Board (IMB), the vast majority of adverse reactions from either
Gardasil or Cervarix are non-serious (6,23,24,38,39).  ese sourc-
es further state that most participants report brief soreness at the
injection site, headache, nausea, fever, and fainting (6,23,24,38,39).
Moreover, the UK MHRA and the US FDA and the CDC main-
tain that fainting is common with vaccines (especially among
adolescents) and hence not a reason for concern (6,23). Speci -
cally, the UK MHRA states that Psychogenic events including
vasovagal syncope, faints and panic attacks can occur with any
injection procedure and that such events can be associated with
a wide range of temporary signs and symptoms including loss of
consciousness, vision disturbances, injury, limb jerking (o en
misinterpreted as a seizure/convulsion), limb numbness or tin-
gling, di culty in breathing, hyperventilation etc. (23).
e VAERS data show that since 2006 when it was  rst ap-
proved, Gardasil has been associated with 18,727 adverse reac-
tions in the US alone, 8% of which were serious (1498) including
68 deaths (Table II). A report to any passive vaccine surveillance
system does not by itself prove that the vaccine caused an ADR.
Systematic, prospective, controlled trials are needed to establish
or reject causal relationships with regard to drug-related adverse
reactions of any type. Nevertheless, the unusually high frequency
of reports of ADRs related to HPV vaccines (Figure 2), as well as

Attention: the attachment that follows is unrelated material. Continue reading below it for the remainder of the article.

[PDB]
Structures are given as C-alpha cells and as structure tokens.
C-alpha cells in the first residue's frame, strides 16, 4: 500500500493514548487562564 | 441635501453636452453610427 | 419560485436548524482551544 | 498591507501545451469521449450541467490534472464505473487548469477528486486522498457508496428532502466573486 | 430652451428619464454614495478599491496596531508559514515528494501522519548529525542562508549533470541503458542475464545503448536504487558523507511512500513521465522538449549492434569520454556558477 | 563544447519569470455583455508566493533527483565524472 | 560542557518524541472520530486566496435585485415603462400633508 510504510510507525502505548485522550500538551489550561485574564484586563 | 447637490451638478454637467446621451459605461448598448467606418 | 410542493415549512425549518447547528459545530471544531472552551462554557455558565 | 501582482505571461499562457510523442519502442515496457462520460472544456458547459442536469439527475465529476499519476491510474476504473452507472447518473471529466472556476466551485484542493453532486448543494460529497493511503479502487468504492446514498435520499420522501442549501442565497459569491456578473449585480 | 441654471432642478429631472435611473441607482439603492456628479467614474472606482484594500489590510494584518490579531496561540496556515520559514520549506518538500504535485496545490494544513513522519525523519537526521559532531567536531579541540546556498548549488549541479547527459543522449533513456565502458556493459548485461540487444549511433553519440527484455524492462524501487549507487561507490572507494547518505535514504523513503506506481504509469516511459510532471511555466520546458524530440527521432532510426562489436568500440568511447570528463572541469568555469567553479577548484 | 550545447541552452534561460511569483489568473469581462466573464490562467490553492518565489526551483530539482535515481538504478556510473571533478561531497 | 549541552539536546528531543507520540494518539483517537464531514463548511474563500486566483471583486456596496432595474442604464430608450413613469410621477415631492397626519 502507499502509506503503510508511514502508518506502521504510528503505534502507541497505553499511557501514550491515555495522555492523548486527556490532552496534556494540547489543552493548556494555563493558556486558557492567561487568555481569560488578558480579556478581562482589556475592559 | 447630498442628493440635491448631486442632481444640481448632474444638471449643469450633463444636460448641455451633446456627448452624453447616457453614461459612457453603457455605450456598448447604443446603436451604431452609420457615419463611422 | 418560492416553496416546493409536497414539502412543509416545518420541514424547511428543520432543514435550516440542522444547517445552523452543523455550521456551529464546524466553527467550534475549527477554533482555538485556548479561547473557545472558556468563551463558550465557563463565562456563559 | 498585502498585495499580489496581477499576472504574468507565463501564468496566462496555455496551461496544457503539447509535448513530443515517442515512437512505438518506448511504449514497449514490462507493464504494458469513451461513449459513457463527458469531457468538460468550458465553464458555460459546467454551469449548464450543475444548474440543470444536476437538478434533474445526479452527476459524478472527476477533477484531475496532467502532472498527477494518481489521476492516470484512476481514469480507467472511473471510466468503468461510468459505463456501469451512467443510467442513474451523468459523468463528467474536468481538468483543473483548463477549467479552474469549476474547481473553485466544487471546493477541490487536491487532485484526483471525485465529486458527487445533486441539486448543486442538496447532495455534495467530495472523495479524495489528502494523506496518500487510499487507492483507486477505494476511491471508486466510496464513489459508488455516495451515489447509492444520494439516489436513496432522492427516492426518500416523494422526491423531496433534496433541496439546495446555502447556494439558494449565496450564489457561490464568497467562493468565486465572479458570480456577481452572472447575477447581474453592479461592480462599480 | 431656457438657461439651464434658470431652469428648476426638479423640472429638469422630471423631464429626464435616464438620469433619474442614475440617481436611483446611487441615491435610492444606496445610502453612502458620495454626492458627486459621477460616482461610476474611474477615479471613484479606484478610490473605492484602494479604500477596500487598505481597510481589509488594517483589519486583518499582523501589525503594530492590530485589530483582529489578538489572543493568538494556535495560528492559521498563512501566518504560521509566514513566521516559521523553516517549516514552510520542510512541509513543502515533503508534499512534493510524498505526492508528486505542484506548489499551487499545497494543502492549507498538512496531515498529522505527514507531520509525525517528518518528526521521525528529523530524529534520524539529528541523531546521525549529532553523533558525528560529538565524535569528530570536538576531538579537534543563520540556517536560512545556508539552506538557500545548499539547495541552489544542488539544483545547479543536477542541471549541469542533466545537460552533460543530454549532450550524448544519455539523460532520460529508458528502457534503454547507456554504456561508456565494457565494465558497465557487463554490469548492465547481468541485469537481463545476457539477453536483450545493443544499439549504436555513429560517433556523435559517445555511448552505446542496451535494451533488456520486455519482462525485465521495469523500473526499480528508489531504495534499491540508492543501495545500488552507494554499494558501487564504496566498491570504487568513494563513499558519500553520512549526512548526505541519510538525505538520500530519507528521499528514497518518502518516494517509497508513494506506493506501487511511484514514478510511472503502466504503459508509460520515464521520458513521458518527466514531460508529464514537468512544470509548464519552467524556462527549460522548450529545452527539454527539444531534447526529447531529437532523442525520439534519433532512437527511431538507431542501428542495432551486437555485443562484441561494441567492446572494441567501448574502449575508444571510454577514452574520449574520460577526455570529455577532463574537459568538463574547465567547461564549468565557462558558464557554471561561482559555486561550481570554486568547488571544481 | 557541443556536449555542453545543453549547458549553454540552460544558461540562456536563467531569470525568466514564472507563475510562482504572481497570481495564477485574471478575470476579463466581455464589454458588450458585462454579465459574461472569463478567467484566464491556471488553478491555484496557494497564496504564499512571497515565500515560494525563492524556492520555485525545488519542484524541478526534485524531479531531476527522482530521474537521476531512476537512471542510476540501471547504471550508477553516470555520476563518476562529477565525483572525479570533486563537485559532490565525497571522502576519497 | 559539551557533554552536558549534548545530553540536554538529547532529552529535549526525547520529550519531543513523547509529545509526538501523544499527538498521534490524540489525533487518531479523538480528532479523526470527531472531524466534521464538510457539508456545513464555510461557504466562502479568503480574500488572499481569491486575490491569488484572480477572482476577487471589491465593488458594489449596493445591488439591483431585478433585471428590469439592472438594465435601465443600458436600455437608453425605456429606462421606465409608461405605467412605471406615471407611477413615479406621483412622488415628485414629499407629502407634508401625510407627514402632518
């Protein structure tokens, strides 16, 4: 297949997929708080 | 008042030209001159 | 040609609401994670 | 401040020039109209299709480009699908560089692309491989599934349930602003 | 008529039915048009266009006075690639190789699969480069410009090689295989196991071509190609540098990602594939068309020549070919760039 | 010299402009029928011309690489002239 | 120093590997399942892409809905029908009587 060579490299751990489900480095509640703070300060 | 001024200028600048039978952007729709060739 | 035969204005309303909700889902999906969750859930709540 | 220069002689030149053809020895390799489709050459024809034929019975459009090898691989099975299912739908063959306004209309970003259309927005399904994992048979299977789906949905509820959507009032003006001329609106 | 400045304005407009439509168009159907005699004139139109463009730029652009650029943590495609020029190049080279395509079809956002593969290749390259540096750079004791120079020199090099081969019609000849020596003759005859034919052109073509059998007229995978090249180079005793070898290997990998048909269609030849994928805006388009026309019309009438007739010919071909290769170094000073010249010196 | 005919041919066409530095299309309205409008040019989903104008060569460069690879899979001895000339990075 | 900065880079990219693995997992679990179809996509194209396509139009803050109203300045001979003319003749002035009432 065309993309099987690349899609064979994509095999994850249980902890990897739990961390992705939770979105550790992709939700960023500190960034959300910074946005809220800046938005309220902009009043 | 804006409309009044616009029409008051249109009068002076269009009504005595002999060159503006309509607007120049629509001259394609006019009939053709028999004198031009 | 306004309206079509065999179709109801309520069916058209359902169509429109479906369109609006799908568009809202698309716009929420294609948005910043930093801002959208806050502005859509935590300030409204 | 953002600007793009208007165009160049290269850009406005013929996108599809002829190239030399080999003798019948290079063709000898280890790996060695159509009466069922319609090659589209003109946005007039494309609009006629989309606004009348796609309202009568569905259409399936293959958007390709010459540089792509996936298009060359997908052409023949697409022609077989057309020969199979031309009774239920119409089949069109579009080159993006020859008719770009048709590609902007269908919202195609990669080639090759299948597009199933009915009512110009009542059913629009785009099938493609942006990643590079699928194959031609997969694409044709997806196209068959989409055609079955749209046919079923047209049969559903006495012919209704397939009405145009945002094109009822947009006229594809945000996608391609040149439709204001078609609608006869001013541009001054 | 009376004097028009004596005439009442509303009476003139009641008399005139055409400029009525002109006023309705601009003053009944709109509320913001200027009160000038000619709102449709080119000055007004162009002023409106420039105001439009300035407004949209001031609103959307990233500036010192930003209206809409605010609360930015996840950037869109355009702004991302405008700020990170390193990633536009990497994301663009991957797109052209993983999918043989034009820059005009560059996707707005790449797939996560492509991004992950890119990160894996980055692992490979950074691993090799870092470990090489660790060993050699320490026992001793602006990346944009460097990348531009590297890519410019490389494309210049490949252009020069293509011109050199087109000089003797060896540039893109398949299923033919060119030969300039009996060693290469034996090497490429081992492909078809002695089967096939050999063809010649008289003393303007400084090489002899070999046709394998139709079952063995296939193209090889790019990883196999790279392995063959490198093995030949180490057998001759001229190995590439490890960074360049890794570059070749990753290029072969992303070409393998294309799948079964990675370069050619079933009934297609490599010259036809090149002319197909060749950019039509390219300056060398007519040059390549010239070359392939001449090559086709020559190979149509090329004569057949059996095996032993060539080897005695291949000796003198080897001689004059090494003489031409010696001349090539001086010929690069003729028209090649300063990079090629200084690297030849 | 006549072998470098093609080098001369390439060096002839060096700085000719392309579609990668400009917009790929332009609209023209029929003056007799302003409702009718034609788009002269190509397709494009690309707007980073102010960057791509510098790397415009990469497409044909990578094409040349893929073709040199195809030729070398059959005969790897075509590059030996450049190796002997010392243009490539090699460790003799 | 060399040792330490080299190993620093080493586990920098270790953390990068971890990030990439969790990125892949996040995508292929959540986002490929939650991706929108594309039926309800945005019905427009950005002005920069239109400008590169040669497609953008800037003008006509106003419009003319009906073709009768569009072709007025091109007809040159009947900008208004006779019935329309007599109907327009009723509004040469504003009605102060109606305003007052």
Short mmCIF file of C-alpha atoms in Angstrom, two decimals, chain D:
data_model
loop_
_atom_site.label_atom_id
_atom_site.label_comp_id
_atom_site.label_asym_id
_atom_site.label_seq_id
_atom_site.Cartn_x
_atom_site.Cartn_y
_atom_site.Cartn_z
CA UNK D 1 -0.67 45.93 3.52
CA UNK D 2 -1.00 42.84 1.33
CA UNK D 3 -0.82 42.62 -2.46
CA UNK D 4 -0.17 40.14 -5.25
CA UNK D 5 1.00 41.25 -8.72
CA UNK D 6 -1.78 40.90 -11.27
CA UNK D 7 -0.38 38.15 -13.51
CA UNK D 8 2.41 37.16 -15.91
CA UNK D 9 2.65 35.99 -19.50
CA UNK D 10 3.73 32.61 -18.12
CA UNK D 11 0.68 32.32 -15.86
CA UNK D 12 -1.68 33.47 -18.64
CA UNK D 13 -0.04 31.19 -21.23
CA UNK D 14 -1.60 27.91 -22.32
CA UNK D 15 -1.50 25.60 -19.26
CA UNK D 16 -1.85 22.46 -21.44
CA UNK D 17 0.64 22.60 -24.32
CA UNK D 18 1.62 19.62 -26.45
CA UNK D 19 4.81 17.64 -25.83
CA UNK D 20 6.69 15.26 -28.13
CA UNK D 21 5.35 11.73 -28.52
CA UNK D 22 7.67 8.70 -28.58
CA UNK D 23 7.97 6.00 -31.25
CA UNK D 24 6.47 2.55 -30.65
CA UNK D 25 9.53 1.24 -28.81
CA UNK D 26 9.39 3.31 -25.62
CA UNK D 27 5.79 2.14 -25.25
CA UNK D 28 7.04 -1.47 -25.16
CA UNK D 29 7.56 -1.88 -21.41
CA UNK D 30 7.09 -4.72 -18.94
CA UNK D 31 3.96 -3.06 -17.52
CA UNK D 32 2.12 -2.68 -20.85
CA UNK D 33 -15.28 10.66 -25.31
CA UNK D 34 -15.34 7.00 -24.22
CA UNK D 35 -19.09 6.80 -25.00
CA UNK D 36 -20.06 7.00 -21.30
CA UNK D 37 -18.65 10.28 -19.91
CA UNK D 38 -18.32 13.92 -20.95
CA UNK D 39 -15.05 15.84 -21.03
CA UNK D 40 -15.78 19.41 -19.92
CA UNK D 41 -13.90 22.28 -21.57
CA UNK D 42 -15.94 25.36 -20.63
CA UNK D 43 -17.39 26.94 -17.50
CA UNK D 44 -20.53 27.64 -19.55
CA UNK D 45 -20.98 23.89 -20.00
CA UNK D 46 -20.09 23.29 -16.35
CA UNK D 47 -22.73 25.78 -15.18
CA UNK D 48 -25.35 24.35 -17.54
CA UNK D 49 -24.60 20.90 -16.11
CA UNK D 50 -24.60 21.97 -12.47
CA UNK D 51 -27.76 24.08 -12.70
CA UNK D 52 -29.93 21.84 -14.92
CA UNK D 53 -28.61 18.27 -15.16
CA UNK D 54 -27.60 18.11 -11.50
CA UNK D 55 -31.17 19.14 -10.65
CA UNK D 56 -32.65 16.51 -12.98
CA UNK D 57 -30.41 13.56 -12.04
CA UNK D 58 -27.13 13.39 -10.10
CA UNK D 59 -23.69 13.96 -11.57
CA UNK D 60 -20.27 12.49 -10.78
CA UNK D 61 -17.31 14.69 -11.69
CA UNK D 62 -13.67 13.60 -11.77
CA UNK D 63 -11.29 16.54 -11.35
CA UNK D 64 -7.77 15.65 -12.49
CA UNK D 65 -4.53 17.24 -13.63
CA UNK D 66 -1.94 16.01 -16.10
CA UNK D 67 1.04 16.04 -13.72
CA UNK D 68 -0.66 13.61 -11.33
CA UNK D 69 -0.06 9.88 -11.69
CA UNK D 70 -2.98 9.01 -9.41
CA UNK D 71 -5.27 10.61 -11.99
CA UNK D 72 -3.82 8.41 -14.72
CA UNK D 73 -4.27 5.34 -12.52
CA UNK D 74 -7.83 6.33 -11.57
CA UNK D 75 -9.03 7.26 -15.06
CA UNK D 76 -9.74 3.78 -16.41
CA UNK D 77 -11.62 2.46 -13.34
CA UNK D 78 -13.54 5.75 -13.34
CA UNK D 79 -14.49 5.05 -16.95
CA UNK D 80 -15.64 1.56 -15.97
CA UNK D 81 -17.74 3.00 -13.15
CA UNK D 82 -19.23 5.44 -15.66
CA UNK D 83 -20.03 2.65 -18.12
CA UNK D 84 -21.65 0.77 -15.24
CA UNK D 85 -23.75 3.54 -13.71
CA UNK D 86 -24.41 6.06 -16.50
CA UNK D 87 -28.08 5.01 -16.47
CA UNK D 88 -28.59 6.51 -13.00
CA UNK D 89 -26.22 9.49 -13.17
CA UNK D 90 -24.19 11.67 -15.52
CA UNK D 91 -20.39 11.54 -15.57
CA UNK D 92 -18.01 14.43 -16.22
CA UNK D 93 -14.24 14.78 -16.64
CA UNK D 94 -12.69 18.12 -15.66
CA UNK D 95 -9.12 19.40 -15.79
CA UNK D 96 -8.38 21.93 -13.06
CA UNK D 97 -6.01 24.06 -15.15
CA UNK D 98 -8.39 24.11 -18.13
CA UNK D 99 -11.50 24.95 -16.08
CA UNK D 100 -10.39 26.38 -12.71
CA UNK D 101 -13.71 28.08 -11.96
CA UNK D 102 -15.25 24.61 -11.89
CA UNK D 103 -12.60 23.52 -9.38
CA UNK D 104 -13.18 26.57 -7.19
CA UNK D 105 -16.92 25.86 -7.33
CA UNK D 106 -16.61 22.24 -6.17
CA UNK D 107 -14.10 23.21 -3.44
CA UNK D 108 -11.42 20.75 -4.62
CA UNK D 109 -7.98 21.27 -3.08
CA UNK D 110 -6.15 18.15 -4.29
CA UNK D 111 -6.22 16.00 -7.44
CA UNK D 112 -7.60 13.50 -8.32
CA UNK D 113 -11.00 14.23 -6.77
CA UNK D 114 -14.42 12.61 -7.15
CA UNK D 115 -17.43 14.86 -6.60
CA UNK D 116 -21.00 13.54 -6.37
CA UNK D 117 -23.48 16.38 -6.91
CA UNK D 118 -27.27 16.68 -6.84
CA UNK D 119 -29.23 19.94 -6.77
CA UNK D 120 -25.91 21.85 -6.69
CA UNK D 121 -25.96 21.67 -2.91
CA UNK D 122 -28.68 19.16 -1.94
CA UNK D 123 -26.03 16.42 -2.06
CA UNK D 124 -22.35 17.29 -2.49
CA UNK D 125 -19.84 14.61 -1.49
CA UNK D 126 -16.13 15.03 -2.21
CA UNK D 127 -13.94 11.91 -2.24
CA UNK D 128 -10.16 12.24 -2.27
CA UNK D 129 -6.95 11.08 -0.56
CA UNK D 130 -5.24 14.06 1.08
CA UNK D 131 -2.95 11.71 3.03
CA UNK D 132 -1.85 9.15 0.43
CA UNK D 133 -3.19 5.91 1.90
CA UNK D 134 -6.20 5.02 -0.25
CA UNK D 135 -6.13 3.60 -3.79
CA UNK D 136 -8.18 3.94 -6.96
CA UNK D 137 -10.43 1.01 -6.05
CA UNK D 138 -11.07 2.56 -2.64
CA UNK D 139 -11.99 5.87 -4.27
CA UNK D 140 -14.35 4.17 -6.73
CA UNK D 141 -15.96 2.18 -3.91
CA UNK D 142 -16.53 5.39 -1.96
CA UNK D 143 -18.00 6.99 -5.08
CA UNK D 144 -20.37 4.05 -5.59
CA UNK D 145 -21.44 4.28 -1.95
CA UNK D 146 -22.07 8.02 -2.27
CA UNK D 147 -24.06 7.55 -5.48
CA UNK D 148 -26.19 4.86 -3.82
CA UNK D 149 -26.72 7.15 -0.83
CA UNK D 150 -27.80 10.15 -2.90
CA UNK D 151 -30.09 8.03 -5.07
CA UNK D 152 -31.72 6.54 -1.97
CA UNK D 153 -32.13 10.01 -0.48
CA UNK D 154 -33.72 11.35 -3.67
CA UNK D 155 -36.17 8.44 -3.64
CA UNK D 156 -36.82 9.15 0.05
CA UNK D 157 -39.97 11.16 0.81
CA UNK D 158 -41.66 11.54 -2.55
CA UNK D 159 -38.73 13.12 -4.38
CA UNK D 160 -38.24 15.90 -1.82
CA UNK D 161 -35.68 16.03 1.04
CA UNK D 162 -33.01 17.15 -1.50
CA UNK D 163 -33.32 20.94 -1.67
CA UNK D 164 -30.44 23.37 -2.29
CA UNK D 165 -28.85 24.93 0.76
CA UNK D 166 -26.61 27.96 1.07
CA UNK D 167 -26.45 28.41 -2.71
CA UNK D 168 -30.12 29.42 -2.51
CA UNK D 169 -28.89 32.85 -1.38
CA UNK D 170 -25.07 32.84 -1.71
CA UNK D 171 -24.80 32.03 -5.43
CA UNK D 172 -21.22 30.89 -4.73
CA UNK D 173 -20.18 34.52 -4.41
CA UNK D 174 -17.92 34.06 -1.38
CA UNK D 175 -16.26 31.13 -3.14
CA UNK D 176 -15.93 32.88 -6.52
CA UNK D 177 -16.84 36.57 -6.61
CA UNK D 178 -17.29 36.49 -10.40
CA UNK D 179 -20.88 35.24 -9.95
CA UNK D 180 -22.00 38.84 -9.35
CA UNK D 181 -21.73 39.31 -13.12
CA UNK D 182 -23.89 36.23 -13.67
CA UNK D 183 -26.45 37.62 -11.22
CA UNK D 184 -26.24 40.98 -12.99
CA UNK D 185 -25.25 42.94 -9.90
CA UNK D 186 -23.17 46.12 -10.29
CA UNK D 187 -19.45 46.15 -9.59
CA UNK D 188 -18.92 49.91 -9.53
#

their consistent pattern (i.e. with only minor deviations, nervous
system-related disorders rank the highest in frequency across dif-
ferent countries, followed by general/administration site condi-
tions and gastrointestinal disorders) (Figure 3), indicates that the
risks of HPV vaccination may not have been fully evaluated in
clinical trials. Indeed, in their analysis of ADRs of potential auto-
immune aetiology in a large integrated safety database of ASO4
adjuvanted vaccines (a novel adjuvant system composed of 3-O-
desacyl-4-monophosphoryl lipid A and aluminum salts used in
Cervarix), Verstraeten et al. (40) acknowledge that It is important
to note that none of these studies were set up primarily to study
autoimmune disorders. If the purpose of the study was indeed to
assess ADRs of potential autoimmune aetiology , as the title itself
clearly states (40), then the study should have been designed to
detect them. All of the eight authors of the ASO4 safety study
are employees of GlaxoSmithKline (GSK), the manufacturer of
Cervarix (40).  ese authors noted that our search of the litera-
ture found no studies conducted by independent sources on this
subject and All studies included in this analysis were funded by
GSK Biologicals, as was the analysis itself. GSK Biologicals was
involved in the study design, data collection, interpretation and
analysis, preparation of the manuscript and decision to publish
(40).
Given that vaccines can trigger autoimmune disorders(41 44),
a more rigorous safety assessment than that provided by the
GSK-sponsored study would appear to have been warranted.
Figure 3. Percentages of reported ADRs associated with HPV vaccines for each system organ class. Data sourced from the Database of the Netherlands
Pharmacovigilance Centre Lareb (32), the UK Medicines and Healthcare products Regulatory Agency (MHRA) (62), and the Irish Medicines Board (IMB)